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Could you use the BS EFI hardware and swap out the ECU with say a Speeduino with custom parameters suitable for aircraft use?
I'd have to look back at the B&S EFI bits, but I suspect it would be easier and certainly cheaper to start with a carbureted B&S engine and add the Speeduino ECU and other stuff off the shelf. A used twin-throat throttle body with injectors from a suitable motorcycle can be had very inexpensively.
 

Urquiola

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EFI is still an option if I can’t get a single carby to work properly (single or dual barrel). The challenge with EFI is to identify and address all possible and likely failure modes while keeping it simple. No point in designing an EFI system that will cost the same as the actual engine.
If my information is still right, FAA did not allow EFI in General Aviation, if rules differ for ultralight and homebuilts, I don't know. www.ecotrons.com has a line of EFI for small engines, in Italy, they sell Turbocompressors for Vespa Two-Stroke engines. You may like this SAE technical paper: 2003-28-0017 'Altitude Performance Comparison of A Wankel Engine with Carburetor and Fuel Injection', can be downoald from SAE for $33, membership not needed. Wankel News, magazine from Hercules Wankel IG, has some documents about EFI for Sachs small Wankel engines. Blessings +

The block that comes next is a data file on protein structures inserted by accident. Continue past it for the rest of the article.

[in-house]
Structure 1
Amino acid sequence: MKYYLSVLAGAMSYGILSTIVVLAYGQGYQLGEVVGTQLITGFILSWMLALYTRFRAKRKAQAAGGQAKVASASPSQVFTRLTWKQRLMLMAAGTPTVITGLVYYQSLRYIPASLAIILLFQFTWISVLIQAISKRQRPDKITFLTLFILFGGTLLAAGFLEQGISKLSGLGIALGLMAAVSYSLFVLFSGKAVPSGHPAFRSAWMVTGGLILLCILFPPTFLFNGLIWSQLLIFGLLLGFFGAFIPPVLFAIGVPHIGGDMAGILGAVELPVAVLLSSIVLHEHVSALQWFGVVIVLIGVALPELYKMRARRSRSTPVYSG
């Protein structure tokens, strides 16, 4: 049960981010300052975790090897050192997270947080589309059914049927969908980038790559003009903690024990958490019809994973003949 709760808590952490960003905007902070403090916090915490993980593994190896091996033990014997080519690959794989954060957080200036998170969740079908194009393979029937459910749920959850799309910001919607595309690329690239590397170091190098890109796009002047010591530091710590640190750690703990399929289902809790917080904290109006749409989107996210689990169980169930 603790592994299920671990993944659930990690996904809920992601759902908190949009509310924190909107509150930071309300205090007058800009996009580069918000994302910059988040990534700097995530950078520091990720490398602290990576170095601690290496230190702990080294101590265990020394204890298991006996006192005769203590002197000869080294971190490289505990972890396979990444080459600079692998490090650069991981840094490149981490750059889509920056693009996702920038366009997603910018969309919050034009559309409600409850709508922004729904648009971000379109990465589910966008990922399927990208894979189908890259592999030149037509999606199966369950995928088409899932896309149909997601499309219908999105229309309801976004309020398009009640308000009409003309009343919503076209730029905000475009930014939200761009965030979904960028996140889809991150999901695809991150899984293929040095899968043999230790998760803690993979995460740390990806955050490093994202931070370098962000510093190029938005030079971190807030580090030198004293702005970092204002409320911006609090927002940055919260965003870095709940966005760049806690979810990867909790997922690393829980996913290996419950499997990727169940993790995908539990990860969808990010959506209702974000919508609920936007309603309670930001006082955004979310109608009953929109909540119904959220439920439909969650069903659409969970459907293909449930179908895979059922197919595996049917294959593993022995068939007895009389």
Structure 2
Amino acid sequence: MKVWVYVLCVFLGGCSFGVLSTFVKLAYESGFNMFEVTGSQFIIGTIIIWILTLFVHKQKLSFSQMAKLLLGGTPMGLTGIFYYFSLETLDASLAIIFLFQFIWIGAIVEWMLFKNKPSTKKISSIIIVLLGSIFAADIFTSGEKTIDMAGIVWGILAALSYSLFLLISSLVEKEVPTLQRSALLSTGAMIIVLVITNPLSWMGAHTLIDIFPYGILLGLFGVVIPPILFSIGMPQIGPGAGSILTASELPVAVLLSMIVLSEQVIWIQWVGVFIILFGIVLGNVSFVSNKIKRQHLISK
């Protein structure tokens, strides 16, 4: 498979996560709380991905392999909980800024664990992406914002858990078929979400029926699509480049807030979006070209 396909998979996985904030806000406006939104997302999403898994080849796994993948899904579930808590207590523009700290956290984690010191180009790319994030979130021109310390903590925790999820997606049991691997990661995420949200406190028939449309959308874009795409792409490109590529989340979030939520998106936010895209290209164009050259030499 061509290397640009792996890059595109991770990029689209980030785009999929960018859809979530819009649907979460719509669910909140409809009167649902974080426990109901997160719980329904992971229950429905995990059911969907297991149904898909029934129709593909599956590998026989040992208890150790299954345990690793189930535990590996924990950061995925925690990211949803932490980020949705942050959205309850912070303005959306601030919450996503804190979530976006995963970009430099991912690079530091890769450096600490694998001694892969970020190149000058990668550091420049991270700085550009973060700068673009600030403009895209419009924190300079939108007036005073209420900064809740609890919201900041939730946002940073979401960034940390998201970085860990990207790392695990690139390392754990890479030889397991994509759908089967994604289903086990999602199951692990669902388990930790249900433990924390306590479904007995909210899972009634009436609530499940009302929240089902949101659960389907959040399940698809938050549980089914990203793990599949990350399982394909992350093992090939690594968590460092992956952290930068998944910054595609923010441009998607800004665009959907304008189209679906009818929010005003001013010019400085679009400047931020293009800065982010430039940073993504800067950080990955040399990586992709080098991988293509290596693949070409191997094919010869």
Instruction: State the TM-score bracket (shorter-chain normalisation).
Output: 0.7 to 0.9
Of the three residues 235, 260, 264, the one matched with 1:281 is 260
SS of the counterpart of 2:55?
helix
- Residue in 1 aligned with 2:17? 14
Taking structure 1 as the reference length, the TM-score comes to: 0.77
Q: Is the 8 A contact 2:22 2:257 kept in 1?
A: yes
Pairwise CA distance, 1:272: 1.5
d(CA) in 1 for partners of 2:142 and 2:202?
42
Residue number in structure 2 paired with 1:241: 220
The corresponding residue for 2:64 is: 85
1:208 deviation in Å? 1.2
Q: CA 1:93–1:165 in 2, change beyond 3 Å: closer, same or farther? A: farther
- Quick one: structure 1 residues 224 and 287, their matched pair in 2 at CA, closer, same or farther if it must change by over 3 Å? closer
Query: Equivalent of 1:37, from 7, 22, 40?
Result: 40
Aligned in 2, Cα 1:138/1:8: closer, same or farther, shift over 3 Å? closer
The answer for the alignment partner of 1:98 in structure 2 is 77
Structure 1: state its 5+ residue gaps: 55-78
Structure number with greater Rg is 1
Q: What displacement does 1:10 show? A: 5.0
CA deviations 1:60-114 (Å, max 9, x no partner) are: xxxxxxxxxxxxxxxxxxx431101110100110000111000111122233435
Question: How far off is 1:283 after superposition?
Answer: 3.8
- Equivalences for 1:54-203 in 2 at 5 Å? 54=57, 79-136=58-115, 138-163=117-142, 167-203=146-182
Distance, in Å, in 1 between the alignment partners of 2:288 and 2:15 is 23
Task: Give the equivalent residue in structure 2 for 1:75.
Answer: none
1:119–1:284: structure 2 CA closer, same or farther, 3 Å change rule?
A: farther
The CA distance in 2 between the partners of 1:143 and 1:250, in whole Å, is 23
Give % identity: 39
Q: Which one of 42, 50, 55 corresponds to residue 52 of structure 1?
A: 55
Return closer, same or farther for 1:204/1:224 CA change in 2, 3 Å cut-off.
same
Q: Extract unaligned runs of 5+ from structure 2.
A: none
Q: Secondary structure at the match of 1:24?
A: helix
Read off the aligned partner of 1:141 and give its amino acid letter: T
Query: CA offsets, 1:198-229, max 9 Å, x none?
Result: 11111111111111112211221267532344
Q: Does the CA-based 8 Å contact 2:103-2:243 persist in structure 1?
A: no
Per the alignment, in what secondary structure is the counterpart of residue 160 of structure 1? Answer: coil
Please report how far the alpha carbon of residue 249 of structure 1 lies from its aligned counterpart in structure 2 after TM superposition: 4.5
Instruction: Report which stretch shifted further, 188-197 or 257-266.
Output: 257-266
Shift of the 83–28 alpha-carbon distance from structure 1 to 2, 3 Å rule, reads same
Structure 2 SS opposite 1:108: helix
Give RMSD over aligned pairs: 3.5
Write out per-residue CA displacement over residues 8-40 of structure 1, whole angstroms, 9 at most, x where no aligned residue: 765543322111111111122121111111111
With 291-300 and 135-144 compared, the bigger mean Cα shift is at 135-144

TFF

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EFI is allowed in general aviation in the US. It is not economically feasible to certify it, because it would require recertification of each aircraft to add that system. Homebuilts US rules is any risk you want to take is up to you as long as you can get the paperwork signed. 103 ULs no rules except speed and weight.
 

Urquiola

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EFI is allowed in general aviation in the US. It is not economically feasible to certify it, because it would require recertification of each aircraft to add that system. Homebuilts US rules is any risk you want to take is up to you as long as you can get the paperwork signed. 103 ULs no rules except speed and weight.